I am sooo glad I don’t have any friends like this on my Facebook… Brendan that is, Robert’s a dude. 😛
1. Australia is as wide as the distance between London to Moscow.
2. The biggest property in Australia is bigger than Belgium.
3. More than 85% of Australians live within 50km of the coast.
4. In 1880, Melbourne was the richest city in the world.
5. Gina Rinehart, Australia’s richest woman, earns $1 million every half hour, or $598 every second.
6. In 1892, a group of 200 Australians unhappy with the government tried to start an offshoot colony in Paraguay to be called ‘New Australia’.
7. The first photos from the 1969 moon landing were beamed to the rest of the world from Honeysuckle Tracking Station, near Canberra.
8. Australia was the second country in the world to allow women to vote (New Zealand was first).
9. Each week, 70 tourists overstay their visas.
10. In 1856, stonemasons took action to ensure a standard of 8-hour working days, which then became recognised worldwide.
11. Former Prime Minister Bob Hawke set a world record for sculling 2.5 pints of beer in 11 seconds. Hawke later suggested that this was the reason for his great political success.
12. The world’s oldest fossil, which is about 3.4 billion years old, was found in Australia.
13. Australia is very sparsely populated: The UK has 248.25 persons per square kilometre, while Australia has only 2.66 persons per square kilometre.
14. Australia’s first police force was made up of the most well-behaved convicts.
15. Australia has the highest electricity prices in the world.
16. There were over one million feral camels in outback Australia, until the government launched the $19m Feral Camel Management Program, which aims to keep the pest problem under control.
17. Saudi Arabia imports camels from Australia (mostly for meat production).
18. Qantas once powered an interstate flight with cooking oil.
19. Per capita, Australians spend more money on gambling than any other nation.
20. In 1832, 300 female convicts mooned the governor of Tasmania. It was said that in a “rare moment of collusion with the Convict women, the ladies in the Governor’s party could not control their laughter.”
21. Australia is home to the longest fence in the world. It is 5,614 km long, and was originally built to keep dingoes away from fertile land.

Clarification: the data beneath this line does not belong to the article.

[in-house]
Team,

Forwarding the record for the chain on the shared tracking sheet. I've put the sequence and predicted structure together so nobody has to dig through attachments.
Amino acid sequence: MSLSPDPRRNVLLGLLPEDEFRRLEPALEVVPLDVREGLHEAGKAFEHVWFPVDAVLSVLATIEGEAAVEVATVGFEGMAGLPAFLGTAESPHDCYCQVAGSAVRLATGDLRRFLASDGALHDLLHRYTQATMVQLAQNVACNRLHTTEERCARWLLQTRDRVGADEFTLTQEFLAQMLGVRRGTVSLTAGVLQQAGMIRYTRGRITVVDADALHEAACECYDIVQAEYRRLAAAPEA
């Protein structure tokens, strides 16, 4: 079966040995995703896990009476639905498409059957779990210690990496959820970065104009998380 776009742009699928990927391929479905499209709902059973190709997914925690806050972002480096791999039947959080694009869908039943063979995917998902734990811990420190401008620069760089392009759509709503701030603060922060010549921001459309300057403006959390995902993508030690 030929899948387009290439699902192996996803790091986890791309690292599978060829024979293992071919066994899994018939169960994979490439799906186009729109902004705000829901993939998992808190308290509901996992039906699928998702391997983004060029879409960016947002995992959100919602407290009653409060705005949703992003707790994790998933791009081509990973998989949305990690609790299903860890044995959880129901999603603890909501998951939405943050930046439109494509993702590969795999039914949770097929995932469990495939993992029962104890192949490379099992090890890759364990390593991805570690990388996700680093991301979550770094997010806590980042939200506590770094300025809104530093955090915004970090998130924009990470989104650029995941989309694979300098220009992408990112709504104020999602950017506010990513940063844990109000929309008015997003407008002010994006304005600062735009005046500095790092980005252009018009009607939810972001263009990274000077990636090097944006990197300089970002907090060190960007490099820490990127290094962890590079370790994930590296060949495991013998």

22. Australia was one of the founding members of the United Nations.
23. Melbourne is considered the sporting capital of the world, as it has more top level sport available for its citizens than anywhere else.
24. Before the arrival of humans, Australia was home to megafauna: three metre tall kangaroos, seven metre long goannas, horse-sized ducks, and a marsupial lion the size of a leopard.
25. Kangaroos and emus cannot walk backward, one of the reasons that they’re on the Australian coat of arms.
26. Speaking of, Australia is one of the only countries where we eat the animals on our coat of arms.
27. If you visited one new beach in Australia every day, it would take over 27 years to see them all.
28. Melbourne has the world’s largest Greek population outside of Athens.
29. The Great Barrier Reef is the planet’s largest living structure.
30. And it has it’s own postbox!
31. The male platypus has strong enough venom to kill a small dog.
32. And when the platypus was first sent to England, it was believed the Australians had played a joke by sewing the bill of a duck onto a rat.
33. Before 1902, it was illegal to swim at the beach during the day.
34. A retired cavalry officer, Francis De Grootstole the show when the Sydney Harbour Bridge officially opened. Just as the Premier was about to cut the ribbon, De Groot charged forward on his horse and cut it himself, with his sword. The ribbon had to be retied, and De Groot was carted off to a mental hospital. He was later charged for the cost of one ribbon.
35. Australia has 3.3x more sheep than people.
36. Prime Minister Harold Holt went for a swim at Cheviot Beach, and was never seen again.
37. Australia’s national anthem was ‘God Save The King/Queen’ until 1984.
38. Wombat poop is cube shaped! This helps it mark its territory.